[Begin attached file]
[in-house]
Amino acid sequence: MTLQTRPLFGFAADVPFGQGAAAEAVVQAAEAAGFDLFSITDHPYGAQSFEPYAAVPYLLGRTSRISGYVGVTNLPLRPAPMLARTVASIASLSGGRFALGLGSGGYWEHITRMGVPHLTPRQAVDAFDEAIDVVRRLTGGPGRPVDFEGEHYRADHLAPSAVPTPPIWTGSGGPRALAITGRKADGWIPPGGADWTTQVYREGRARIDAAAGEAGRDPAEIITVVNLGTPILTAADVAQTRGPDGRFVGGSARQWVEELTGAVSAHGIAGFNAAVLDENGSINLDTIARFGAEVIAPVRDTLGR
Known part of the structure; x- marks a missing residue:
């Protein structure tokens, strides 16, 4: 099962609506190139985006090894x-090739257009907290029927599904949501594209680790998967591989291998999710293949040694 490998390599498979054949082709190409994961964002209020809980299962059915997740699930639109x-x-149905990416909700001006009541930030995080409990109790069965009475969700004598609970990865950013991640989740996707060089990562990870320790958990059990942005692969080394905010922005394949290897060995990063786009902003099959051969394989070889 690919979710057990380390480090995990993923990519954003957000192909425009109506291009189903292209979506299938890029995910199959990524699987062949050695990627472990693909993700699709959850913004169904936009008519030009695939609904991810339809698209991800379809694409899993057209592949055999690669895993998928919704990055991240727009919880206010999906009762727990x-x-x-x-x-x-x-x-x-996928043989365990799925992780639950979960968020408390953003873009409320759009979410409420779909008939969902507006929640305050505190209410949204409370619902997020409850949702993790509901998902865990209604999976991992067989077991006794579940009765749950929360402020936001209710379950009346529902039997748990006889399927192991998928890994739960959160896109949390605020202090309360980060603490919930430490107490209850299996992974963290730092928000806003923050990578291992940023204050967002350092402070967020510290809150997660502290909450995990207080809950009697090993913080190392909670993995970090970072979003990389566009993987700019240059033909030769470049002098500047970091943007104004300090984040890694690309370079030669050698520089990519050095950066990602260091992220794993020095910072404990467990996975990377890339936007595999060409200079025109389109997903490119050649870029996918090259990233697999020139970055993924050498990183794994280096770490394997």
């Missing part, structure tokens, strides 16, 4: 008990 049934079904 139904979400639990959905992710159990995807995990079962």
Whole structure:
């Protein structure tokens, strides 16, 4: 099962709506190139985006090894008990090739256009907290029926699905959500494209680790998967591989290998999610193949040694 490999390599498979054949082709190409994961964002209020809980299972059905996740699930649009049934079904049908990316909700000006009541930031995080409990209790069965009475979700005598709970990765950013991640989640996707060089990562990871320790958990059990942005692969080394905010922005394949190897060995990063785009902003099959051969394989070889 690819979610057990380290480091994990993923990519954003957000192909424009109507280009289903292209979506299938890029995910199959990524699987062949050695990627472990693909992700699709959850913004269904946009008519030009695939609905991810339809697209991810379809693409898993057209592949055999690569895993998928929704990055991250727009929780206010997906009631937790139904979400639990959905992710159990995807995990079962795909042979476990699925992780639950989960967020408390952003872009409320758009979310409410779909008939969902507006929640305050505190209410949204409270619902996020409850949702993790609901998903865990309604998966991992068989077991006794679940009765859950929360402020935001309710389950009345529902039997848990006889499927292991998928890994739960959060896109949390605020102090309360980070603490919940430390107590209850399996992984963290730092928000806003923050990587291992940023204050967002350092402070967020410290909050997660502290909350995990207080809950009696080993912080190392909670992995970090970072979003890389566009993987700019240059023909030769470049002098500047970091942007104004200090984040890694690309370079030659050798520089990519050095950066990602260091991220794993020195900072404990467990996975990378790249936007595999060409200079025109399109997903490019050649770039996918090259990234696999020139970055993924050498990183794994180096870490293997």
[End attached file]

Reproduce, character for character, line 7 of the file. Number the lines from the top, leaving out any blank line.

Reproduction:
């Protein structure tokens, strides 16, 4: 099962709506190139985006090894008990090739256009907290029926699905959500494209680790998967591989290998999610193949040694 490999390599498979054949082709190409994961964002209020809980299972059905996740699930649009049934079904049908990316909700000006009541930031995080409990209790069965009475979700005598709970990765950013991640989640996707060089990562990871320790958990059990942005692969080394905010922005394949190897060995990063785009902003099959051969394989070889 690819979610057990380290480091994990993923990519954003957000192909424009109507280009289903292209979506299938890029995910199959990524699987062949050695990627472990693909992700699709959850913004269904946009008519030009695939609905991810339809697209991810379809693409898993057209592949055999690569895993998928929704990055991250727009929780206010997906009631937790139904979400639990959905992710159990995807995990079962795909042979476990699925992780639950989960967020408390952003872009409320758009979310409410779909008939969902507006929640305050505190209410949204409270619902996020409850949702993790609901998903865990309604998966991992068989077991006794679940009765859950929360402020935001309710389950009345529902039997848990006889499927292991998928890994739960959060896109949390605020102090309360980070603490919940430390107590209850399996992984963290730092928000806003923050990587291992940023204050967002350092402070967020410290909050997660502290909350995990207080809950009696080993912080190392909670992995970090970072979003890389566009993987700019240059023909030769470049002098500047970091942007104004200090984040890694690309370079030659050798520089990519050095950066990602260091991220794993020195900072404990467990996975990378790249936007595999060409200079025109399109997903490019050649770039996918090259990234696999020139970055993924050498990183794994180096870490293997």